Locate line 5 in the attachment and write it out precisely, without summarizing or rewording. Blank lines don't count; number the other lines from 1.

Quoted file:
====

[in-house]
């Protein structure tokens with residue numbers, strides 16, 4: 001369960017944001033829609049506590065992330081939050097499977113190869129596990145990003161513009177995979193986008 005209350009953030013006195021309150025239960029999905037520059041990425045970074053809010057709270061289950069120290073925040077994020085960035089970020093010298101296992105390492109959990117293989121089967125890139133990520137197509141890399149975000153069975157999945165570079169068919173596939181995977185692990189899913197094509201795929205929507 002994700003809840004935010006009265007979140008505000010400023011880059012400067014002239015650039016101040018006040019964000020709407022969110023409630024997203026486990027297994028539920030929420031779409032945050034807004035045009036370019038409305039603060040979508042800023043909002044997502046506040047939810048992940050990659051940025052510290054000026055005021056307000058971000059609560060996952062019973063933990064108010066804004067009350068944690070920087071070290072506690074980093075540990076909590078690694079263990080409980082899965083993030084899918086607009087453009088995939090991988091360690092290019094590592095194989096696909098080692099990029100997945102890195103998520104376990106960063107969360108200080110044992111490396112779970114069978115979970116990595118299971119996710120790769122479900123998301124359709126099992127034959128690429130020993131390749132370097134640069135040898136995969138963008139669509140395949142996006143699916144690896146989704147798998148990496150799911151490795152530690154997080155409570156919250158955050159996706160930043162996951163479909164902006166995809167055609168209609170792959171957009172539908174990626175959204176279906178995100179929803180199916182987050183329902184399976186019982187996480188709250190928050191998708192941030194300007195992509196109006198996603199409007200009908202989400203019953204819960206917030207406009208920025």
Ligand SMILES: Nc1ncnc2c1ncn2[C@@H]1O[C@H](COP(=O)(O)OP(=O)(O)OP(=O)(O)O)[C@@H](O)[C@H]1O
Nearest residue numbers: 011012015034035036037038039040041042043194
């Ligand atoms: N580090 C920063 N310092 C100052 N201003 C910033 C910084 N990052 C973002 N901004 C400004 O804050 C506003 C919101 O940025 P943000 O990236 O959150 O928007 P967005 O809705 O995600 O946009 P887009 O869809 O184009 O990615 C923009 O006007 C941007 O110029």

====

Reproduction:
């Ligand atoms: N580090 C920063 N310092 C100052 N201003 C910033 C910084 N990052 C973002 N901004 C400004 O804050 C506003 C919101 O940025 P943000 O990236 O959150 O928007 P967005 O809705 O995600 O946009 P887009 O869809 O184009 O990615 C923009 O006007 C941007 O110029």